We’ve talked a lot here about privacy for wearable electronics in the past few months, especially when it comes to fitness wearables and their often lax data security practices, but now it looks like we’re not the only ones. Senator Chuck Schumer has called for the Federal Trade Commission to introduce guidelines for companies looking to release wearable products on how they need to handle data protection.
This call to arms was released in a statement on Sunday, which described the current situation with wearable privacy as a “nightmare,” and called for the FTC to not only protect the wireless transmission of data, but to look at potential limitations for sharing biometric data with third parties, since it could have drastic impacts on a person’s insurance, employer or mortgage lender.
“Personal fitness bracelets and the data they collect on your health, sleep, and location, should be just that — personal,” he said (via Venturebeat). “The fact that private health data — rich enough to identify the user’s gait — is being gathered by applications like Fitbit and can then be sold to third-parties without the user’s consent is a true privacy nightmare.”
At the very least, Schumer wants wearable makers to have to tell customers – in plane English might you – that it is sharing their data with third parties. Ideally, he wants an option there for customers to be able to opt-out of any data gathering, which seems fair considering they paid for the hardware that’s tracking them. In the case of services like Facebook which are free to use, it’s a little more understandable to make money by selling user data and displaying adverts.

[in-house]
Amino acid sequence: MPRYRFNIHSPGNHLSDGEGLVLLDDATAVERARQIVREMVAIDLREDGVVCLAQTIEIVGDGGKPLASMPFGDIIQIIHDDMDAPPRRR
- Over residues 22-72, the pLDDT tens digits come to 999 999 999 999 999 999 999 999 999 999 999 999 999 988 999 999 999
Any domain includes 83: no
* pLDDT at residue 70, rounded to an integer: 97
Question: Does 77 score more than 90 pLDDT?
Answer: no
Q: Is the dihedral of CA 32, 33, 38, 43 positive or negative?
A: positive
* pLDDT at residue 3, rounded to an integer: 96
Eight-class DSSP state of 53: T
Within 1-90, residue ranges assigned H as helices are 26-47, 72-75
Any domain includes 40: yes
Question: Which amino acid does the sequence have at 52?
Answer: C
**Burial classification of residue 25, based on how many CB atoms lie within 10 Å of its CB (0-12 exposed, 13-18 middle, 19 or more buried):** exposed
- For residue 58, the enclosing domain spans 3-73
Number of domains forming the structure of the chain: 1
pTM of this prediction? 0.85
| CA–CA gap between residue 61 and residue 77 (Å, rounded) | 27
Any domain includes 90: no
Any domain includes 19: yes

Fitbit has already released a statement saying that it doesn’t do such a thing, but other wearable makers haven’t been so forthcoming.
There’s a growing consensus among many politicians, organisations and companies around the world, that secretive data collection is a practice that should no longer be allowed to continue. This isn’t much of a surprise however, as mid-last year we all learned that the entire world is under surveillance in some way or another, often times with US, British and many European citizens being lumped in with the worst kinds of criminals on the off-chance that they somehow associate with one another.
The FTC has pledged to look at several of these issues and has already conducted several studies on privacy issues within the wearable market.